T + Diabetes system shows how technology can help to manage chronic conditions. A mobile-phone-based diabetes management system is helping both patients and general practitioners to manage the condition. The Think Positive Diabetes system (known as T+ diabetes) allows patients to send their blood glucose results to a central server using their mobile phone and receive an immediate and accurate graph showing how they are managing their diabetes.
One diabetes system proves how technology can help to manage chronic conditions. A mobile-phone-based diabetes management system is helping both patients and general practioners to manage the condition.
The Think Positive Diabetes system (known as T+ diabetes) allows patients to send their blood glucose results to a central server using their mobile phone and receive an immediate and accurate graph showing how they are managing their diabetes.
The patient is supplied with an electronic blood glucose monitor and has software loaded on to their own compatible mobile phone.
The patient tests their blood glucose, and then the monitor transmits the results via a Bluetooth wireless link to the mobile phone.
The patient then answers relevant diary questions, such as recent food intake, and all the information is forwarded to a central computer.
The data is processed and a graph is generated and sent back to the mobile phone. This way, the patient can see how they are doing. If the data falls outside their personal target, the patient is alerted and so is their health professional, who can then offer advice.
Dr. Jeremy Wheeler, a general practitioner in Maidenhead, Berkshire, England helped develop the system. The project began three years ago and, with the support of the practice nurse, he has been using it for six of his diabetic patients since last November.
"I have been using it for initiating insulin in some of my patients, as well as monitoring diabetics who are already on insulin," he explains.
"Patients monitor their blood sugars as they would normally, but the blood sugar meter communicates through their mobile phone to give them immediate graphical feedback. So rather than just having a figure on a screen, they actually get a bar chart."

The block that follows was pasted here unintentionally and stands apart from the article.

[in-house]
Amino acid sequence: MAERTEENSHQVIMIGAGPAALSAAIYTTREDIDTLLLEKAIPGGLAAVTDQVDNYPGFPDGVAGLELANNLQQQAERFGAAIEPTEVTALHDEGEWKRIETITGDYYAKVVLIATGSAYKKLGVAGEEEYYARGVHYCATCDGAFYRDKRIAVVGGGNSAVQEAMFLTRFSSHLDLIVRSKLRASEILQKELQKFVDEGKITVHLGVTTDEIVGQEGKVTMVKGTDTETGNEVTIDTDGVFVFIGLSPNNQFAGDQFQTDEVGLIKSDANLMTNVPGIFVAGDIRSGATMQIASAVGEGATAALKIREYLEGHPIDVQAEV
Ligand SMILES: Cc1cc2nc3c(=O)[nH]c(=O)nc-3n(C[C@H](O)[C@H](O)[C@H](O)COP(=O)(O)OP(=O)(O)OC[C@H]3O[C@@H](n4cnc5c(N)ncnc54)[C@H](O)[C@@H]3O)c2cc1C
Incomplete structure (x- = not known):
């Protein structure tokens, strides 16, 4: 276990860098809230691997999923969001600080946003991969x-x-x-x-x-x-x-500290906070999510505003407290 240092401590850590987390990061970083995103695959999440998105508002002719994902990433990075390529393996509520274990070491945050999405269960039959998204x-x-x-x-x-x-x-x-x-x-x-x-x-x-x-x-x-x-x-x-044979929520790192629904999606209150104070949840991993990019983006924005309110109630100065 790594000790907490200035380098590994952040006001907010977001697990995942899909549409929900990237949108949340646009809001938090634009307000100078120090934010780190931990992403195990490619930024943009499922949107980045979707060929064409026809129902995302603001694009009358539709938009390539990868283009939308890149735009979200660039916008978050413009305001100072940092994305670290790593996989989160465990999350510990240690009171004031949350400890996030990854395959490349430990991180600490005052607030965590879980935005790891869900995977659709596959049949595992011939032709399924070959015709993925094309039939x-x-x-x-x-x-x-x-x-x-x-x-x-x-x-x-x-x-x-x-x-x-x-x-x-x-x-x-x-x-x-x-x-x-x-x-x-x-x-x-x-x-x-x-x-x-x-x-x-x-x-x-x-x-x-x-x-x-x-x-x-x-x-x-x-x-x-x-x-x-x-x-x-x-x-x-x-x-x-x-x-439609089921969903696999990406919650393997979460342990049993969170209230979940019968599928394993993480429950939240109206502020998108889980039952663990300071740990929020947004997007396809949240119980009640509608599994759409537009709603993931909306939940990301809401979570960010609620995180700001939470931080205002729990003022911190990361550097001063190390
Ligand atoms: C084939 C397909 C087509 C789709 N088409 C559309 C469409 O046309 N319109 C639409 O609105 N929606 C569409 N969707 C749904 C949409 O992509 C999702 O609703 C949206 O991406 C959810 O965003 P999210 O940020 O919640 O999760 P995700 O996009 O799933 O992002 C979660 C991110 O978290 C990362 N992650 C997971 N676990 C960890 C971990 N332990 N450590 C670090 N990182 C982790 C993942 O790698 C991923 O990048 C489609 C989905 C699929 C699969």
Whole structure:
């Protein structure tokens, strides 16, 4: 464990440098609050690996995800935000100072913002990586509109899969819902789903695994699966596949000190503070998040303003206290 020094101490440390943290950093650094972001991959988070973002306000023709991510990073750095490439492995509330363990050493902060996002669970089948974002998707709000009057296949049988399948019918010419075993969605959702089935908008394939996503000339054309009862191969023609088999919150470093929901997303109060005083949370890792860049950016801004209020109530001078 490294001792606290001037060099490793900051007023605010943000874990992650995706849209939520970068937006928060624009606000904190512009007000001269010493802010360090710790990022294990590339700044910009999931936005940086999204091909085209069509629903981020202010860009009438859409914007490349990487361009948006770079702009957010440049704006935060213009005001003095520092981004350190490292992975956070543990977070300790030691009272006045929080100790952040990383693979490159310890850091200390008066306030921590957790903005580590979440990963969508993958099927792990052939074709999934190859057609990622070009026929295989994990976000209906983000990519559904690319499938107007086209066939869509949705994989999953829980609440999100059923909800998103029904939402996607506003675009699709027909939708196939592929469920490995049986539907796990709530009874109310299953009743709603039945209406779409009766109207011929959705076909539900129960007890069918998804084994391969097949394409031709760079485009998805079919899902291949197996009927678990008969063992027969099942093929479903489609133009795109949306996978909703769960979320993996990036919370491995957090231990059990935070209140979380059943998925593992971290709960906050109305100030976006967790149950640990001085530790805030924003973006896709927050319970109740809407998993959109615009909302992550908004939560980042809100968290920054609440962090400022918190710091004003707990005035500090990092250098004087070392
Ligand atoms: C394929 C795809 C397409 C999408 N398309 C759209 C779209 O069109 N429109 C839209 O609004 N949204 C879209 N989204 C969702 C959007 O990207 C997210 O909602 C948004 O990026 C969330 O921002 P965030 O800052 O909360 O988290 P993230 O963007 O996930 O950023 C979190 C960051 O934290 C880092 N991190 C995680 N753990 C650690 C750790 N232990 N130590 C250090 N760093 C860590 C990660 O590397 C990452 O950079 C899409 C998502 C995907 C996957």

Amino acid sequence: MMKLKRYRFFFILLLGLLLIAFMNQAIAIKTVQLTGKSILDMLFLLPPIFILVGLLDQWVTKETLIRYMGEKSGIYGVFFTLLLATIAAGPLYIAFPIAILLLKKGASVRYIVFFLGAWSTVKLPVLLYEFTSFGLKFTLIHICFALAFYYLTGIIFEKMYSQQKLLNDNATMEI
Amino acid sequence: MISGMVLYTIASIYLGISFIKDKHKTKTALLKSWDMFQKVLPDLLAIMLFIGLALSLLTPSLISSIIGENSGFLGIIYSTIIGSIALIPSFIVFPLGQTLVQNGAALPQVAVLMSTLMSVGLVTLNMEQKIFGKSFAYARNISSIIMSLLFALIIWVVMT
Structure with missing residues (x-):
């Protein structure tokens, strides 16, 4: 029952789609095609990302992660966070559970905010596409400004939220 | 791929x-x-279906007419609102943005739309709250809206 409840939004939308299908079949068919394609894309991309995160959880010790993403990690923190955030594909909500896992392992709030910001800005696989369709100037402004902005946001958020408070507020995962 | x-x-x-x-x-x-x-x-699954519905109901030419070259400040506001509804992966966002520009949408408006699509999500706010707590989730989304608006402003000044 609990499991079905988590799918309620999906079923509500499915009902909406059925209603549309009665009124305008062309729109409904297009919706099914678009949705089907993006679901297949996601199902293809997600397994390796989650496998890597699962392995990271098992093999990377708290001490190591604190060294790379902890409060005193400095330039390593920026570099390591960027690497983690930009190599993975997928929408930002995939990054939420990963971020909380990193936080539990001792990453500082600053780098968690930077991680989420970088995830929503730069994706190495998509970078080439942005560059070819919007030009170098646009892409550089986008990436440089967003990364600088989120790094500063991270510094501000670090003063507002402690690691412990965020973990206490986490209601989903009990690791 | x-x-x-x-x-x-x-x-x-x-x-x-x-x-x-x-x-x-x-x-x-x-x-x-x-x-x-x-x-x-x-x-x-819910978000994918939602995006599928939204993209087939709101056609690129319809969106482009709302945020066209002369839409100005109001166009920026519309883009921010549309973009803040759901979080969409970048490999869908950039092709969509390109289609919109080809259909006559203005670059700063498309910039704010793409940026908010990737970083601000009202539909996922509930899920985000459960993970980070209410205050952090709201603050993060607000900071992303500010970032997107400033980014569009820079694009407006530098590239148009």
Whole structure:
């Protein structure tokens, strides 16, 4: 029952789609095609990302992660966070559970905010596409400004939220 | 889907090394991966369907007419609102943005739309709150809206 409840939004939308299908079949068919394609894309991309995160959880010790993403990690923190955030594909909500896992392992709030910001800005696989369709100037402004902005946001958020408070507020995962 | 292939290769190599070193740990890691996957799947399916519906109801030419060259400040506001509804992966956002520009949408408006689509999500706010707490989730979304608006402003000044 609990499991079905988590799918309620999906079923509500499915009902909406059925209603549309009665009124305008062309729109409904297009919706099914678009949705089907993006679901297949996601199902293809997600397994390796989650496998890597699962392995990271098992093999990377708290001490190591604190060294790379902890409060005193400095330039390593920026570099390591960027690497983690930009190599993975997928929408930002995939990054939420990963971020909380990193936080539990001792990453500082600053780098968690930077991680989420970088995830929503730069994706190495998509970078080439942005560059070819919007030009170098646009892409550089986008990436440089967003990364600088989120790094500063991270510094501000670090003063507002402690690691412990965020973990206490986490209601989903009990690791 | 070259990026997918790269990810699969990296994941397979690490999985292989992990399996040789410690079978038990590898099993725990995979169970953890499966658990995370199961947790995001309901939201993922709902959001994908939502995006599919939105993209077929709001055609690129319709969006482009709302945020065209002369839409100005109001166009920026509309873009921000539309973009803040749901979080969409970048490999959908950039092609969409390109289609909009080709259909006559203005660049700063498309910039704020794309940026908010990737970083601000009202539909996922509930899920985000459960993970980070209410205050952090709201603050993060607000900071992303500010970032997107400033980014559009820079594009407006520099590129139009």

Dr. Wheeler believes that the system helps to give patients more understanding of their sugar control and, at the same time, it helps him to adjust the dosage of insulin accordingly.
"If you start someone on insulin, you don’t really know what doses they are going to end up on, particularly type-2 diabetics," he says. "They have a once- or twice-a-day dosage and even though this is fairly constant, it is quite difficult to find the exact figure that they need. The system helps me to know this because it is a bit of a worry at first to know how well they are going to react to the insulin."
The process also allows Dr. Wheeler to monitor the patient’s progress remotely.
"It is a good way of keeping an eye on things," he says. "I log in every morning and have a look at the patient’s results when they come up on my computer. I can see if they are testing, how much they are testing and how high or low their levels are.
"I can also communicate with the patient through their mobile,’ he continues. ‘I can send them a message to tell them, for example, that their sugars are too high and so on."
This ‘remote’ monitoring of his diabetic patients has saved Dr. Wheeler a great deal of time.
"I don’t actually have to see the patients as often in the surgery," he explains. "Before, I wasn’t even doing insulin initiation in the practice because of the amount of work it required.
"Also it would take our local hospital about a year to start patients on insulin. So this has been really useful to enable me to feel assured about putting people on to insulin, getting it controlled better and quicker, and keeping an eye on them without having to see them."
A recent nine-month randomized trial of the system showed that using this kind of technology, together with nurse support, led to sustained levels of monitoring, improvements in blood glucose levels and attainment of HbA1c target. It also concluded that it could offer a cost-effective way to improve outcomes.
Dr. Wheeler says that the results so far have been very positive. "The diabetic control, as a result of this system, has been superb," he says. "The first patient who started on the system had a foot infection and his insulin requirement shot up. We were actually able to see this on his read-outs. We could see, about a week before he actually presented with the infection, that his sugar control was already going out.
"It is very user-friendly for patients too. My oldest patient is about 64 years old, and my youngest is 27, so any age group can use it. It is simple and does not require more than a few seconds of their time. When we designed the system, we wanted minimum interference with the patient’s everyday life otherwise it wouldn’t be used."
Compliance is another benefit of T+ diabetes, because test results cannot be altered. "You can tell if someone is being compliant with the treatment and you know that they are genuine results on the screen, rather than someone making them up before a clinic," says Dr. Wheeler.
"Patients monitor their blood sugars as they would normally, but the blood sugar meter communicates through their mobile phone to give them immediate graphical feedback," said Dr. Jeremy Wheeler, who helped develop the system.